So yeah, to repeat myself again, the format is called 120, and not 120mm as the latter doesn’t make much sense at all.

Does it really matter?

Of course, in reality, it doesn’t really matter… When people say 120mm, those of us who know they are misnaming it, also know they mean 120.

It’s just, well, why add the “mm” to the end? Why make it more confusing? Why sully the Kodak nomenclature that’s been around for 118 years? Calling is 120mm isn’t really hurting anyone, it’s just a bit stupid!

So what can we do to correct it?

If you find yourself rolling your eyes at all this 120mm nonsense, why not join me and EMULSIVE in trying to correct it? Here are some resources for you to use:

A website we’ve made –

This post

A rant on EMULSIVE –

The film format article on Wikipedia –

Twitter – @120NOT120MM

Instagram – @120_not_120mm

Facebook group – 120not120mm

Wherever you see this heinous misdemeanour, why not link to one of the above – you can even use the hashtag #120not120mm to help hammer the message home!

All of this will start spreading the word to all these people and accounts who are habitually compounding this nonsense!

Is it too late, has social media spread this post-truth nonsense too far and wide? Are there more important issues in the world that you could spend your time and efforts on? Probably, but I just can’t help facepalming every time I see #120mmfilm, and frankly, my forehead is starting to hurt…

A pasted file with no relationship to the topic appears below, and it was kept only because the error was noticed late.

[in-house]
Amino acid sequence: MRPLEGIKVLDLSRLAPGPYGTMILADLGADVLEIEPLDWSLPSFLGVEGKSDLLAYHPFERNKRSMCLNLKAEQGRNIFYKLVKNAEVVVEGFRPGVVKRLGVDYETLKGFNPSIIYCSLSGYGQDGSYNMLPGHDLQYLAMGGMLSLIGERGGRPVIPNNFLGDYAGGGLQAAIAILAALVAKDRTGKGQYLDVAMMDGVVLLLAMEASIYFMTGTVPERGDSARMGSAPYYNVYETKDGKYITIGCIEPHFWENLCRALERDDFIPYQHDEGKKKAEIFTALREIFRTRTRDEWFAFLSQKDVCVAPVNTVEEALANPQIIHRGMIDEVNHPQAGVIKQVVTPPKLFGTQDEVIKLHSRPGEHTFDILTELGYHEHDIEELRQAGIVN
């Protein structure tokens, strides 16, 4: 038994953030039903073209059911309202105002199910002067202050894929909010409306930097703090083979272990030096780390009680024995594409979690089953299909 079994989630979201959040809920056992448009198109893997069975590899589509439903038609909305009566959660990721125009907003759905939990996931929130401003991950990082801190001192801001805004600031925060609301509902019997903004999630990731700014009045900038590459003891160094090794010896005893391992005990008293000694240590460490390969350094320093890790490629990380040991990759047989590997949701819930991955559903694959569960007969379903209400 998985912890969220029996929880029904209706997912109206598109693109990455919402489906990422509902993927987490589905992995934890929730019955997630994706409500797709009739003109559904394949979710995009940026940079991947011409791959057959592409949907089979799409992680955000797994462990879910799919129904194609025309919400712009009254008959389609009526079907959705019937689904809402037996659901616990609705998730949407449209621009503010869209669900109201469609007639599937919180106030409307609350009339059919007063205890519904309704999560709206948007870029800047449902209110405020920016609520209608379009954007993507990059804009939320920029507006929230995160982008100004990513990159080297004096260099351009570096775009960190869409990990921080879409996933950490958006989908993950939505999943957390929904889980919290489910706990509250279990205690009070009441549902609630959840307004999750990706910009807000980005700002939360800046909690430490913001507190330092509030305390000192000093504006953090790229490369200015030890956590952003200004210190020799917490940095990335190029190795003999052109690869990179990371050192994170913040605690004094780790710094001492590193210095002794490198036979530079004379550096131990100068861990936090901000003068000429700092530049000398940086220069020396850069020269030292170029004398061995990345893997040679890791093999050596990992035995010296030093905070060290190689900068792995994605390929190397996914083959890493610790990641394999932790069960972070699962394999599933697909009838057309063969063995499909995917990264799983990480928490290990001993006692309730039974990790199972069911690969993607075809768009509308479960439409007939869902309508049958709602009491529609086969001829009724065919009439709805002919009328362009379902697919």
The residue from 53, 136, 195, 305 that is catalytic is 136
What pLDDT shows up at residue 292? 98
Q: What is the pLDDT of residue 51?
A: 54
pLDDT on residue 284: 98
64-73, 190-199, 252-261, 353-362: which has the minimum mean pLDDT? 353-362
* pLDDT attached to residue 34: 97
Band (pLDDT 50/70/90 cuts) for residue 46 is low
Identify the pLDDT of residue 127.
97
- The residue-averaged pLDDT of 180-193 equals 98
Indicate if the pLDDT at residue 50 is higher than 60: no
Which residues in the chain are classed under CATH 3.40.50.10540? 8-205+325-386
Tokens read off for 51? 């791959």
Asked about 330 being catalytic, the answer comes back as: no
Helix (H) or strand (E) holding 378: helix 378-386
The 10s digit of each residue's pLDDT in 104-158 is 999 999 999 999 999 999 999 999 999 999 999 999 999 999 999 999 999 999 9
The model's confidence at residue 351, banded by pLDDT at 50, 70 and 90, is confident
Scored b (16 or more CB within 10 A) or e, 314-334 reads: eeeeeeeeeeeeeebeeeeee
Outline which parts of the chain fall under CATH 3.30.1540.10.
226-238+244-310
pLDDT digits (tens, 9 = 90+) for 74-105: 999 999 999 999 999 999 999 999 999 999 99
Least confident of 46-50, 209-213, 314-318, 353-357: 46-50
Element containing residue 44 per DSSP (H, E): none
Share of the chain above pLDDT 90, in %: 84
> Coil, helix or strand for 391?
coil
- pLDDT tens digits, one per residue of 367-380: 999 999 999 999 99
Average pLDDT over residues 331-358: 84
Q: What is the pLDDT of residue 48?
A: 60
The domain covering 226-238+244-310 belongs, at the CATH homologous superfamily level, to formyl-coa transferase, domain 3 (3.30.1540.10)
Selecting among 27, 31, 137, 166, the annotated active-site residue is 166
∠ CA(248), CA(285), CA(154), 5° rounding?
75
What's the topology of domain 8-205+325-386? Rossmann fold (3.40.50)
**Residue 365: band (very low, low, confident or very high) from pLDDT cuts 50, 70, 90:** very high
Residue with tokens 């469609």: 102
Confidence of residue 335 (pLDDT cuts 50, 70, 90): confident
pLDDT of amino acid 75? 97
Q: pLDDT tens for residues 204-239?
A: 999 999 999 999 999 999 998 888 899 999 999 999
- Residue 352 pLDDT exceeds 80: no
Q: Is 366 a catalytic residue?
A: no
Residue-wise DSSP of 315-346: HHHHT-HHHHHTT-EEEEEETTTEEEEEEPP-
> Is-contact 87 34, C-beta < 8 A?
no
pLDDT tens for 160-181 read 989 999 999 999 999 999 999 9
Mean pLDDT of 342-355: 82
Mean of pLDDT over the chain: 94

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37 thoughts on “There Is No Such Thing As 120mm Film!”

      1. Good luck, Hamish. Once the internet stupid picks up on something, it is almost impossible to correct an error. But I can understand how novice users must have assumed that mm followed 120 similar to mm following 35. Another common contemporary error is novice users claiming they need a circular polarizer. Many could get by with a linear polarizer, but the term “circular” always creeps in.

        1. Actually, a linear polarizer can mess up auto-focus and TTL metering as the linearly polarized beam will not be transmitted / reflected in the expected proportions by the beam splitter, hence the addition of the quarter wave plate after the polarized in modern polarizers.

          BTW a quick way to tell which you have is to look at your monitor through it. A linear polarizer will show an extinction from both sides, while a circular one will only show a variation if the light is coming in from the front.

  1. Dominique Pierre-Nina

    HI Hamish, mate the whole photography community is in disarray at the moment.
    1: Every one is a ” Photographer” there are so many imagers out that 99.9% of it is irrelevant , nothing is inspiring, Instagram has lost it’s appeal, it’s all about me, me, me.
    2: Second, everything is about the camera ( What is it like to shoot with this or that) nothing about photography to the photograph. A camera will not make you a better photographer period.
    3: The film issue again every one is all about what type of film they using without any understanding of it, eg calling 120 (120mm) etc.
    Its time to seperate the chaff from the wheat I say.

  2. Hopefully, if enough people complain on enough sites, then this falsehood may be rectified. But I am enough of a pessimist on this one to think that all those who’ve already picked up this error won’t be reading these sort of blogs. Sad.

    The one big falsehood that really gets my goat, is that tele lenses compress the subject. In reality, they don’t, and it can easily be explained why, but don’t get me going on this subject!